- Hi Daniel, It would take more reading in the area of linguistic typology (how languages tend to operate based on shared traits) and linguistic description for you to reach the level of competency it sounds like you desire. Reading primary linguistic texts (instead of interdisciplinary ones like mine) would give you a better sense of descriptive methodology. Something like Levinsohn's Narrative Workshop materials would be a good place to start, following up by reading the sources he cites in footnotes. http://www-01.sil.org/~levinsohns/narr.pdf My analysis of Koine Greek began with essentially an MA reading list in linguistic typology and pragmatics, followed by cataloguing data and looking for patterns in different genres. These findings were then compared to what one finds in other verb-prominent/verb-initial Indo-European languages (i.e. similar to Greek). Where the typological and Greek data matched up, I knew my claims were on fairly solid ground. Where they were in conflict, I'd go back and recheck or expand the data to see what I had overlooked. I also consulted with linguists and classicists, and most importantly with the traditional grammarians Robertson, Blass, Thackeray). I may not prefer all of their categories, but they are much nearer to a native fluency than I am. Then I drew my conclusions from the sum of what I learned from these sources. What you find in the discourse grammar is insufficient to train you to go and do likewise. I'd strongly recommend reading linguist books from OUTSIDE biblical studies, as many insider works go far enough into the primary discipline of linguistics to develop a complete framework. Hope that helps, Steve
- Here is the link to the rest of Levinsohn's materialsIntroduction to ‘Discourse for Translation’ FilesThe files on this page were originally created during ‘Discourse for Translation’ workshops run under the auspices of SIL International in various parts of the world. National and expatriate participants in the workshops were first taught how to analyse texts in the languages they were studying (the…www-01.sil.org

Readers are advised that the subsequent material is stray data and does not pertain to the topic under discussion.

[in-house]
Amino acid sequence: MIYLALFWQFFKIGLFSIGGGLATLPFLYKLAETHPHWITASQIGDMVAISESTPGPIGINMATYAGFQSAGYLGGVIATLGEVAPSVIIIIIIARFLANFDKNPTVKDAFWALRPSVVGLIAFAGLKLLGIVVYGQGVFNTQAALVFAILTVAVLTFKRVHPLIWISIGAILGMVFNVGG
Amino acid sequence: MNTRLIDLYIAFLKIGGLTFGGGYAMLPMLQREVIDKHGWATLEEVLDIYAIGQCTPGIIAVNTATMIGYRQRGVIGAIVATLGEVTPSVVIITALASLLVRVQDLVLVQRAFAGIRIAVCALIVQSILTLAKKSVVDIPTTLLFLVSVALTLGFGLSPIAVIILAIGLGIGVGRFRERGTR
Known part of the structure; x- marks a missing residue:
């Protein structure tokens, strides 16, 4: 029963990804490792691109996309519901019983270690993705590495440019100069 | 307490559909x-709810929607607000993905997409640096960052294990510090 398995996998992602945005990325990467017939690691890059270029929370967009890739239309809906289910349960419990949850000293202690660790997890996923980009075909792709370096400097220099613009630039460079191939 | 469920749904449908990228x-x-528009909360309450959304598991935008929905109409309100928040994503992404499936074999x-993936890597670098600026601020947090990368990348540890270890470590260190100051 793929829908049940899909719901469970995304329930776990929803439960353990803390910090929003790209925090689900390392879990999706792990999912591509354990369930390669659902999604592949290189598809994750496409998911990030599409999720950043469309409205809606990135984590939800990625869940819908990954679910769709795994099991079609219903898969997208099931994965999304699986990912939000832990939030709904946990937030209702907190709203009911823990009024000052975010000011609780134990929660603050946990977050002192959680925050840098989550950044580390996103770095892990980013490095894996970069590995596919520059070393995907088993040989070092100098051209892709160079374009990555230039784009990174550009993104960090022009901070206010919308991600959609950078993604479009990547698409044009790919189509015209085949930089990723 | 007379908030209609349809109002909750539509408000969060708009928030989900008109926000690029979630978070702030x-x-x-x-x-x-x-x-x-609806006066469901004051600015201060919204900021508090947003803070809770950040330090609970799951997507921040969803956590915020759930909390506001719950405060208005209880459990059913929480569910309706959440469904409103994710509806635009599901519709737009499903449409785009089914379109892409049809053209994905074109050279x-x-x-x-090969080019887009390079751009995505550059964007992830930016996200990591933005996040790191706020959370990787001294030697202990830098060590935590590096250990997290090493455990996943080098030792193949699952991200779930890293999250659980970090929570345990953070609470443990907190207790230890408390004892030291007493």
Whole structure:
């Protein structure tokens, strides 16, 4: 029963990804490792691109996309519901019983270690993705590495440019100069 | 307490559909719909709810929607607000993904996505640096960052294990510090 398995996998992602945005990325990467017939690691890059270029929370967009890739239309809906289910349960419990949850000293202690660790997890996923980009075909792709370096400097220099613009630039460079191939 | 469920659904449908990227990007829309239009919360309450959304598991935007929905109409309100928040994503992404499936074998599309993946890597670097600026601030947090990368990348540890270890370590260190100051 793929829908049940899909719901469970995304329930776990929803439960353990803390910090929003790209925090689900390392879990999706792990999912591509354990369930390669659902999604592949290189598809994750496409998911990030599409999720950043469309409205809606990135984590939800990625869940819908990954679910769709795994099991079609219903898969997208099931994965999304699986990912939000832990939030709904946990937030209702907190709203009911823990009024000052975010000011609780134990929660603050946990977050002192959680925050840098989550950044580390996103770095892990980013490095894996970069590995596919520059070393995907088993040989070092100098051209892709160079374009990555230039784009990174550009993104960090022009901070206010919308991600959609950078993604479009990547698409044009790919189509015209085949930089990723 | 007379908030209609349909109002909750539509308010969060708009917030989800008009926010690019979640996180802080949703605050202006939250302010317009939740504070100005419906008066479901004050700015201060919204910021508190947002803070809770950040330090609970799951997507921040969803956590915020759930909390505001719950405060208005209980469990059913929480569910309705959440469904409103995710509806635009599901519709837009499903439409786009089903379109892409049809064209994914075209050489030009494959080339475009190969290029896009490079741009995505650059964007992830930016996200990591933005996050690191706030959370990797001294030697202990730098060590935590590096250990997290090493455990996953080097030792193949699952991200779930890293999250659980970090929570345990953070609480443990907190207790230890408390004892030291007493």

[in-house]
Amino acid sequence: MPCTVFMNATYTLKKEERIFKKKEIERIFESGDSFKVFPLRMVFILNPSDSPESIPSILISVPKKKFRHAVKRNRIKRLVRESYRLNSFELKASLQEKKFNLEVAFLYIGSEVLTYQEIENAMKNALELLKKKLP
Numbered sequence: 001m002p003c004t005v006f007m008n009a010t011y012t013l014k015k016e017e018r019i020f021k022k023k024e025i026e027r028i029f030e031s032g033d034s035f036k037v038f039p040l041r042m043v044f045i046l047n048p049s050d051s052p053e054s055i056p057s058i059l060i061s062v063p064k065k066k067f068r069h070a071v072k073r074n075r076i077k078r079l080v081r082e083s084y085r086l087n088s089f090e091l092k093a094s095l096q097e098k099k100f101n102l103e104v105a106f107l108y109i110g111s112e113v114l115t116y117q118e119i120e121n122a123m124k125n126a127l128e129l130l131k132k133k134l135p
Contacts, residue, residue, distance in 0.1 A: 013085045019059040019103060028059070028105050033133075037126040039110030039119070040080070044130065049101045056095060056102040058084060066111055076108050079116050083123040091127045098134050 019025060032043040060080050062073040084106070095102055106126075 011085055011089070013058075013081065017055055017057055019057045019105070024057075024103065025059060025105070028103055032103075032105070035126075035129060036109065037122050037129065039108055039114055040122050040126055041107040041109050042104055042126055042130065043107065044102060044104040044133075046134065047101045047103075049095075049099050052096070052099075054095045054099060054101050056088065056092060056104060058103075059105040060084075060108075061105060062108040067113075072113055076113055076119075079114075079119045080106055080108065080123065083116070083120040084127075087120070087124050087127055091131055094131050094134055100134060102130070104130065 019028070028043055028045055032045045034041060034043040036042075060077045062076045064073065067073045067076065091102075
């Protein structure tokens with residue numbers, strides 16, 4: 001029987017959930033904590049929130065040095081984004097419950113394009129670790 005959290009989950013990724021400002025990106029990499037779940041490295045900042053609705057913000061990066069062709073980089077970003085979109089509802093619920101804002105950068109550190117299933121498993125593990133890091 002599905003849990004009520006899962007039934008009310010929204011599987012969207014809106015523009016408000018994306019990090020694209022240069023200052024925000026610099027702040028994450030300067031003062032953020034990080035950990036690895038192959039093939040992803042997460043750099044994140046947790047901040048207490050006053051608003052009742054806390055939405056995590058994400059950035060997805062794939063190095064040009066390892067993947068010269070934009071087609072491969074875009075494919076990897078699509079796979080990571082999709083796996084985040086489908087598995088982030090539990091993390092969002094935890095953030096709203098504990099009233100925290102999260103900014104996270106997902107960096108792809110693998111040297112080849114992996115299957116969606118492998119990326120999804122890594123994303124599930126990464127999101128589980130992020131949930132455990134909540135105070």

- Frustrated as I intend to use the High Definition Commentary: Romans Keynote slides. Since I couldn't find them listed, I called Customer Support. They did their best to help, but found out that the graphics can only be exported as jpegs. They are not editable in any way. No animation can be applied to individual items or colors changed for impact. Furthermore, When a slide has a list of items, there's no way to display the graphic item by item as one explains the lesson. It's all or nothing. I noticed a complaint about this in a "slides" package that sells for people that bought the physical book, but they have the same problem. Unsure of why this would be called PowerPoint and Keynote ready when they are not. Any help will be appreciated.
- As I was still trying to salvage some images for use in Keynote/PowerPoint I realized they end up being low resolution when exported. Since the book is text-based in Logos and is for reading/research, the graphics included are not good enough to broadcast to the church from my computer through AppleTV at 1080p or even 720p. (Maybe Proclaim is a low res presentation software?) Frustrated to no end!!!!
- Hi Jorge, I am very sorry for the frustration by the graphics. For copyright reasons, the decision was made by the publisher to ship static rather than editable graphics. As you stated, the graphics in the text itself are low-res, but the ones available through the right-click menu for export are hi-res, formatted in either 4:3 or 16:9. I believe the expectation with the hi-res graphics is that they would be exported into a weekly presentation of 3-8 graphics rather than as the entire book. Also, on p. 4 of the commentary there is a description of the components used for you to create additional graphics, or boxes that could cover bullet points to allow animation if you wanted. Again, I apologize for the inconvenience you have experienced using the slides. The High Def Commentary project was an experiment to try and blur the line between exegesis and presentation. Your idea of having the graphics be fully functioning slides is a good one. Unfortunately, the production costs of the current version were high enough that there are no future volumes planned. Hope this background provides more perspective on the publishing decisions, and that you are able to make use of the commentary despite the limitations you have identified. Warm regards, Steve
- Thank you very much for your reply. I did try the right-click and save, but the quality is still less than desirable. I do understand the limitations sometimes imposed on authors. I think that Logos needs to do a better job at marketing these specific materials in a more transparent and honest way. As they stand right now, they are over-promising and under-delivering. The advertising, especially of the slides package, makes it sound like they are editable and specifically adapter for PowerPoint, Keynote and Proclaim, which they are not. Again, thank you very much for responding.